MONDAY, June 22, 2020 (HealthDay News) -- An inhaled version of the antiviral drug remdesivir will soon be tested outside a hospital setting, Gilead Sciences announced Monday.

Remdesivir, which is made by Gilead, is now being used to treat COVID-19 patients worldwide. Currently, the drug has to be given intravenously through daily infusions in the hospital.

"An inhaled formulation would be given through a nebulizer, which could potentially allow for easier administration outside the hospital, at earlier stages of disease," Gilead chairman and CEO Daniel O'Day said in a company news release.

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While density was not significantly linked to infection rate, the investigators found that denser counties tended to have lower death rates than sprawling areas.

Coronavirus Doesn't Favor Crowded Cities, Study Shows

FRIDAY, June 19, 2020 (HealthDay News) -- Densely populated areas of the United States don't have higher rates of COVID-19 infection and death than less-congested areas, according to a new study.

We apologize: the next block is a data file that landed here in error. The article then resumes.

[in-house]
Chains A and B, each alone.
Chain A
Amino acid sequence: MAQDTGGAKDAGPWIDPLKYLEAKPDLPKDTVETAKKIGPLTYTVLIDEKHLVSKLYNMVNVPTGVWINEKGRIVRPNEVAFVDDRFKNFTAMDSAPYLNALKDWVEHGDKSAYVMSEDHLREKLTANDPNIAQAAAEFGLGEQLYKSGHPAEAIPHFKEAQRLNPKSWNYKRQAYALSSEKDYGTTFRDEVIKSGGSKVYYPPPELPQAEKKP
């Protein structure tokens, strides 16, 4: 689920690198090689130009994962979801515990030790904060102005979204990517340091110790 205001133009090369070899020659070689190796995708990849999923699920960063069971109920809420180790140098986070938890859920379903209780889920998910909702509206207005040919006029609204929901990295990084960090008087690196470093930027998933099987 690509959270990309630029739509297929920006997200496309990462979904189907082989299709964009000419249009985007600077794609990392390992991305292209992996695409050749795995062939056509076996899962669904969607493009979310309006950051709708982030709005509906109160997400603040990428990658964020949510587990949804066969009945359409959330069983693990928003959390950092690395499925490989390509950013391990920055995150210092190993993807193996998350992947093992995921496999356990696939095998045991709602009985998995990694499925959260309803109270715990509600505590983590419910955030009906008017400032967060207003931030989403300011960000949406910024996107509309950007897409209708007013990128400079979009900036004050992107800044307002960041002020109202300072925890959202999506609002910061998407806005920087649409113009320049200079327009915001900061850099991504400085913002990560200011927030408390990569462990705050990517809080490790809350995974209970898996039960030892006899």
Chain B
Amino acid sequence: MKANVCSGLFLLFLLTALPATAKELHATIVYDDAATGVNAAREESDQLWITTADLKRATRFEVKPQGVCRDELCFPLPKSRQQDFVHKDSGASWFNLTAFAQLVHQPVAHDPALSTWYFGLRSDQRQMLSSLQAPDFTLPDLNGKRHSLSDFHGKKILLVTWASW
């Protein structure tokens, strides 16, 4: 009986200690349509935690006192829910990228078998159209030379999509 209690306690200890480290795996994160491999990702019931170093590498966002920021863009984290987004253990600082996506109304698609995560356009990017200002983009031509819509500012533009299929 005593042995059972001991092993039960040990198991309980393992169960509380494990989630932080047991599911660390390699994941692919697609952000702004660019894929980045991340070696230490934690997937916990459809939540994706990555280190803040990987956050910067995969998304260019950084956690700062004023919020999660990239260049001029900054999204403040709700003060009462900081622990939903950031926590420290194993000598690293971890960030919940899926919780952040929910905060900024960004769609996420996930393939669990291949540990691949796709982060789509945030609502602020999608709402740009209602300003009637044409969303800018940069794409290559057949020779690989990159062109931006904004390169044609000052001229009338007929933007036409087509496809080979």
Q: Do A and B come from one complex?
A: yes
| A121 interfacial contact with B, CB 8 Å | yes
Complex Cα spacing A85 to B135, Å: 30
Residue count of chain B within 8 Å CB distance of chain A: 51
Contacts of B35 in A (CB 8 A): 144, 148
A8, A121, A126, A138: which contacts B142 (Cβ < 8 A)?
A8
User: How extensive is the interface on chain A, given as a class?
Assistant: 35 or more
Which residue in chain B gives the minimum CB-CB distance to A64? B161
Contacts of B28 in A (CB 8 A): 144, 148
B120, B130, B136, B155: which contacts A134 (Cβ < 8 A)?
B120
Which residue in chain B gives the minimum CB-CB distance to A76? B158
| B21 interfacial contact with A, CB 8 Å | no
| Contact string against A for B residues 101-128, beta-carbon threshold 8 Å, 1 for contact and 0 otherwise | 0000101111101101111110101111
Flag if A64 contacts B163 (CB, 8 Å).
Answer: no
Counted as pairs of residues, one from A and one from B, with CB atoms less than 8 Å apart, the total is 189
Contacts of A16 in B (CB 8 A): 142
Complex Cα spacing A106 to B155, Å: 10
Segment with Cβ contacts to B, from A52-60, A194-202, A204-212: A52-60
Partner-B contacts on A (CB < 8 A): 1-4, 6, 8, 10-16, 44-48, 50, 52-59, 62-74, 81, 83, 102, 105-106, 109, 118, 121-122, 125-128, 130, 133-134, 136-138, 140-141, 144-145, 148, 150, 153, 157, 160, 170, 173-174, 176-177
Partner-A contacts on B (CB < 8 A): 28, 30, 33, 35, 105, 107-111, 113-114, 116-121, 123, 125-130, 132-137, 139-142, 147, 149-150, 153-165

The findings counter the conventional wisdom that the new coronavirus spreads more easily in cities and other densely populated areas.

"The fact that density is unrelated to confirmed virus infection rates and inversely related to confirmed COVID-19 death rates is important, unexpected, and profound," said lead author Shima Hamidi. She's an assistant professor at the Johns Hopkins Bloomberg School of Public Health in Baltimore.

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A new study finds that high levels of cortisol are associated with an increased risk of death among people with COVID-19.

'Stress Hormone' Levels May Indicate Severity of COVID-19

FRIDAY, June 19, 2020 (HealthDay News) -- High levels of the stress hormone cortisol are associated with an increased risk of death among COVID-19 patients, according to a new study.

The findings could be used to identify COVID-19 patients who are more likely to require intensive care, the researchers suggested.

Cortisol levels can rise when the body is stressed due to illness. High levels are dangerous, leading to increased risk of infection and poor outcomes.